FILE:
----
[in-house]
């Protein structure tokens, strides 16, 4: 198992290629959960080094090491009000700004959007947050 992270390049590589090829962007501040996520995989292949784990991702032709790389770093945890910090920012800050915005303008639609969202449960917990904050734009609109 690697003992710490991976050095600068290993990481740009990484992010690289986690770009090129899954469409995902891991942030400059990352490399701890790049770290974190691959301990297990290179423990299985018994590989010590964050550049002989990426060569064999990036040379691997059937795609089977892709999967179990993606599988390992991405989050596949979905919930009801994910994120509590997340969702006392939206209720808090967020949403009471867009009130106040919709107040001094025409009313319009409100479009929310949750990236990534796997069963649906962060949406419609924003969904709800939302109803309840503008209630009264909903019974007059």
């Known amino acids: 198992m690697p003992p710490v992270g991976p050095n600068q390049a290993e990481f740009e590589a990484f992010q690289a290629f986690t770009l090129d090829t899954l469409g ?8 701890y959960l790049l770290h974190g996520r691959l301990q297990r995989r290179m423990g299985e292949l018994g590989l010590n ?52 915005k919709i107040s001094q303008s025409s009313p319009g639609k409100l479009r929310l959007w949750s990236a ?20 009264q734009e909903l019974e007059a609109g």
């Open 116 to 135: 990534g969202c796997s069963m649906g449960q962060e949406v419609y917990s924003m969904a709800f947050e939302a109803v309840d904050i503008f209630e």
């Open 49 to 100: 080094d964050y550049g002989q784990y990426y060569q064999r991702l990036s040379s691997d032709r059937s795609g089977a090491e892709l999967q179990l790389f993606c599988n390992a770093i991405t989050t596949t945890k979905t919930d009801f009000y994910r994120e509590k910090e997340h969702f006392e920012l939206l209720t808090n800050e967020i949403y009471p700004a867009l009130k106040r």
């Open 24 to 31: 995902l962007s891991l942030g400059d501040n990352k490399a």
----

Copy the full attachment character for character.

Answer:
[in-house]
């Protein structure tokens, strides 16, 4: 198992290629959960080094090491009000700004959007947050 992270390049590589090829962007501040996520995989292949784990991702032709790389770093945890910090920012800050915005303008639609969202449960917990904050734009609109 690697003992710490991976050095600068290993990481740009990484992010690289986690770009090129899954469409995902891991942030400059990352490399701890790049770290974190691959301990297990290179423990299985018994590989010590964050550049002989990426060569064999990036040379691997059937795609089977892709999967179990993606599988390992991405989050596949979905919930009801994910994120509590997340969702006392939206209720808090967020949403009471867009009130106040919709107040001094025409009313319009409100479009929310949750990236990534796997069963649906962060949406419609924003969904709800939302109803309840503008209630009264909903019974007059």
């Known amino acids: 198992m690697p003992p710490v992270g991976p050095n600068q390049a290993e990481f740009e590589a990484f992010q690289a290629f986690t770009l090129d090829t899954l469409g ?8 701890y959960l790049l770290h974190g996520r691959l301990q297990r995989r290179m423990g299985e292949l018994g590989l010590n ?52 915005k919709i107040s001094q303008s025409s009313p319009g639609k409100l479009r929310l959007w949750s990236a ?20 009264q734009e909903l019974e007059a609109g």
């Open 116 to 135: 990534g969202c796997s069963m649906g449960q962060e949406v419609y917990s924003m969904a709800f947050e939302a109803v309840d904050i503008f209630e």
């Open 49 to 100: 080094d964050y550049g002989q784990y990426y060569q064999r991702l990036s040379s691997d032709r059937s795609g089977a090491e892709l999967q179990l790389f993606c599988n390992a770093i991405t989050t596949t945890k979905t919930d009801f009000y994910r994120e509590k910090e997340h969702f006392e920012l939206l209720t808090n800050e967020i949403y009471p700004a867009l009130k106040r």
């Open 24 to 31: 995902l962007s891991l942030g400059d501040n990352k490399a």